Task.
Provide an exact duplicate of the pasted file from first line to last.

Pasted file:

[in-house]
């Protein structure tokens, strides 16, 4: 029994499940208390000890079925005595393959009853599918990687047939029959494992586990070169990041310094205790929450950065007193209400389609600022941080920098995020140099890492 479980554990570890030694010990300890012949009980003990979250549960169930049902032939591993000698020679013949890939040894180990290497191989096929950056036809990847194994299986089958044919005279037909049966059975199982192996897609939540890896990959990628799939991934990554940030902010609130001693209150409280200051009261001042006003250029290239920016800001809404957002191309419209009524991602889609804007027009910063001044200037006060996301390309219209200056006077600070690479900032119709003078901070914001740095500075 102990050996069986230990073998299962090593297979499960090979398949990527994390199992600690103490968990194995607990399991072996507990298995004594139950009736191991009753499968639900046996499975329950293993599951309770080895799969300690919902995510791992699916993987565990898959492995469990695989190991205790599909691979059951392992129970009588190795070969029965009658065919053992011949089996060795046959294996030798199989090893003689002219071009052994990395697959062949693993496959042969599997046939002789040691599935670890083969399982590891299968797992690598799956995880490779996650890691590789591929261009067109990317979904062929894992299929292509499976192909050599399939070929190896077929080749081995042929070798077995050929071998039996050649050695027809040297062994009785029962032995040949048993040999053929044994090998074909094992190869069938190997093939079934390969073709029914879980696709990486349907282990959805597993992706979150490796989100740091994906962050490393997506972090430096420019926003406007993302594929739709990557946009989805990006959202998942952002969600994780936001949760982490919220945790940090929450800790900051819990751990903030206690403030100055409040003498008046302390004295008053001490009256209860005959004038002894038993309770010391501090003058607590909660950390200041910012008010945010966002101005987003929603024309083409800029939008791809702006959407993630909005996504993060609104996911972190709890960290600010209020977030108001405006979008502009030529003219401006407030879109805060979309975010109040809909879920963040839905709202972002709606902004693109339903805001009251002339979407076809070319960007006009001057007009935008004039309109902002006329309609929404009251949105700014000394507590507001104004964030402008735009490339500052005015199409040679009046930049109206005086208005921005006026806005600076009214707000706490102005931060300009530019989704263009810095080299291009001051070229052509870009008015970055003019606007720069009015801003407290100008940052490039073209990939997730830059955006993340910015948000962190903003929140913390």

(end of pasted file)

[in-house]
């Protein structure tokens, strides 16, 4: 029994499940208390000890079925005595393959009853599918990687047939029959494992586990070169990041310094205790929450950065007193209400389609600022941080920098995020140099890492 479980554990570890030694010990300890012949009980003990979250549960169930049902032939591993000698020679013949890939040894180990290497191989096929950056036809990847194994299986089958044919005279037909049966059975199982192996897609939540890896990959990628799939991934990554940030902010609130001693209150409280200051009261001042006003250029290239920016800001809404957002191309419209009524991602889609804007027009910063001044200037006060996301390309219209200056006077600070690479900032119709003078901070914001740095500075 102990050996069986230990073998299962090593297979499960090979398949990527994390199992600690103490968990194995607990399991072996507990298995004594139950009736191991009753499968639900046996499975329950293993599951309770080895799969300690919902995510791992699916993987565990898959492995469990695989190991205790599909691979059951392992129970009588190795070969029965009658065919053992011949089996060795046959294996030798199989090893003689002219071009052994990395697959062949693993496959042969599997046939002789040691599935670890083969399982590891299968797992690598799956995880490779996650890691590789591929261009067109990317979904062929894992299929292509499976192909050599399939070929190896077929080749081995042929070798077995050929071998039996050649050695027809040297062994009785029962032995040949048993040999053929044994090998074909094992190869069938190997093939079934390969073709029914879980696709990486349907282990959805597993992706979150490796989100740091994906962050490393997506972090430096420019926003406007993302594929739709990557946009989805990006959202998942952002969600994780936001949760982490919220945790940090929450800790900051819990751990903030206690403030100055409040003498008046302390004295008053001490009256209860005959004038002894038993309770010391501090003058607590909660950390200041910012008010945010966002101005987003929603024309083409800029939008791809702006959407993630909005996504993060609104996911972190709890960290600010209020977030108001405006979008502009030529003219401006407030879109805060979309975010109040809909879920963040839905709202972002709606902004693109339903805001009251002339979407076809070319960007006009001057007009935008004039309109902002006329309609929404009251949105700014000394507590507001104004964030402008735009490339500052005015199409040679009046930049109206005086208005921005006026806005600076009214707000706490102005931060300009530019989704263009810095080299291009001051070229052509870009008015970055003019606007720069009015801003407290100008940052490039073209990939997730830059955006993340910015948000962190903003929140913390």